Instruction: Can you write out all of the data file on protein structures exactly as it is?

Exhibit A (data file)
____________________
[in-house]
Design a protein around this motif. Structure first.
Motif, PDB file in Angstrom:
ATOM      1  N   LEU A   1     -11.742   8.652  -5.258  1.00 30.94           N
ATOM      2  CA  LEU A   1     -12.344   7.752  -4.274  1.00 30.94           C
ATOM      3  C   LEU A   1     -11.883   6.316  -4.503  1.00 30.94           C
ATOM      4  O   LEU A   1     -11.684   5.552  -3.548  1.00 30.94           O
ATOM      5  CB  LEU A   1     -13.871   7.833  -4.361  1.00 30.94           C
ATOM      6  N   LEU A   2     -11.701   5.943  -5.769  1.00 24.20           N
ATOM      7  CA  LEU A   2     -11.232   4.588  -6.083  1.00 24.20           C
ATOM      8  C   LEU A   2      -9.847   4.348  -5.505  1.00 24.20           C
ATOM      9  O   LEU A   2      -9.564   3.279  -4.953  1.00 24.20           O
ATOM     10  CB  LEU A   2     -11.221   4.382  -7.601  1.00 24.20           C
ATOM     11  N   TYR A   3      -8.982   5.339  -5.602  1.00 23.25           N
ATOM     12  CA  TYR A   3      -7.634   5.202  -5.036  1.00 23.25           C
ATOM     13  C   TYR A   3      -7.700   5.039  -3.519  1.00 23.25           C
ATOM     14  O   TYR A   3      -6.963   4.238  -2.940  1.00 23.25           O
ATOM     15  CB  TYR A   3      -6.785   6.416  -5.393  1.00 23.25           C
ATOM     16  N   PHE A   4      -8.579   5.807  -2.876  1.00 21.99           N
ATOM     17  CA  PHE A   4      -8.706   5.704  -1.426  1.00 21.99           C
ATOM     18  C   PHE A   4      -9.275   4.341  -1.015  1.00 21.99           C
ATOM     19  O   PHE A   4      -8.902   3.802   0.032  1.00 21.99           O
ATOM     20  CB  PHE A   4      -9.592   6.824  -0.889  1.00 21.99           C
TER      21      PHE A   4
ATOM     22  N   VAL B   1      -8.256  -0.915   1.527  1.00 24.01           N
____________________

[in-house]
Design a protein around this motif. Structure first.
Motif, PDB file in Angstrom:
ATOM      1  N   LEU A   1     -11.742   8.652  -5.258  1.00 30.94           N
ATOM      2  CA  LEU A   1     -12.344   7.752  -4.274  1.00 30.94           C
ATOM      3  C   LEU A   1     -11.883   6.316  -4.503  1.00 30.94           C
ATOM      4  O   LEU A   1     -11.684   5.552  -3.548  1.00 30.94           O
ATOM      5  CB  LEU A   1     -13.871   7.833  -4.361  1.00 30.94           C
ATOM      6  N   LEU A   2     -11.701   5.943  -5.769  1.00 24.20           N
ATOM      7  CA  LEU A   2     -11.232   4.588  -6.083  1.00 24.20           C
ATOM      8  C   LEU A   2      -9.847   4.348  -5.505  1.00 24.20           C
ATOM      9  O   LEU A   2      -9.564   3.279  -4.953  1.00 24.20           O
ATOM     10  CB  LEU A   2     -11.221   4.382  -7.601  1.00 24.20           C
ATOM     11  N   TYR A   3      -8.982   5.339  -5.602  1.00 23.25           N
ATOM     12  CA  TYR A   3      -7.634   5.202  -5.036  1.00 23.25           C
ATOM     13  C   TYR A   3      -7.700   5.039  -3.519  1.00 23.25           C
ATOM     14  O   TYR A   3      -6.963   4.238  -2.940  1.00 23.25           O
ATOM     15  CB  TYR A   3      -6.785   6.416  -5.393  1.00 23.25           C
ATOM     16  N   PHE A   4      -8.579   5.807  -2.876  1.00 21.99           N
ATOM     17  CA  PHE A   4      -8.706   5.704  -1.426  1.00 21.99           C
ATOM     18  C   PHE A   4      -9.275   4.341  -1.015  1.00 21.99           C
ATOM     19  O   PHE A   4      -8.902   3.802   0.032  1.00 21.99           O
ATOM     20  CB  PHE A   4      -9.592   6.824  -0.889  1.00 21.99           C
TER      21      PHE A   4
ATOM     22  N   VAL B   1      -8.256  -0.915   1.527  1.00 24.01           N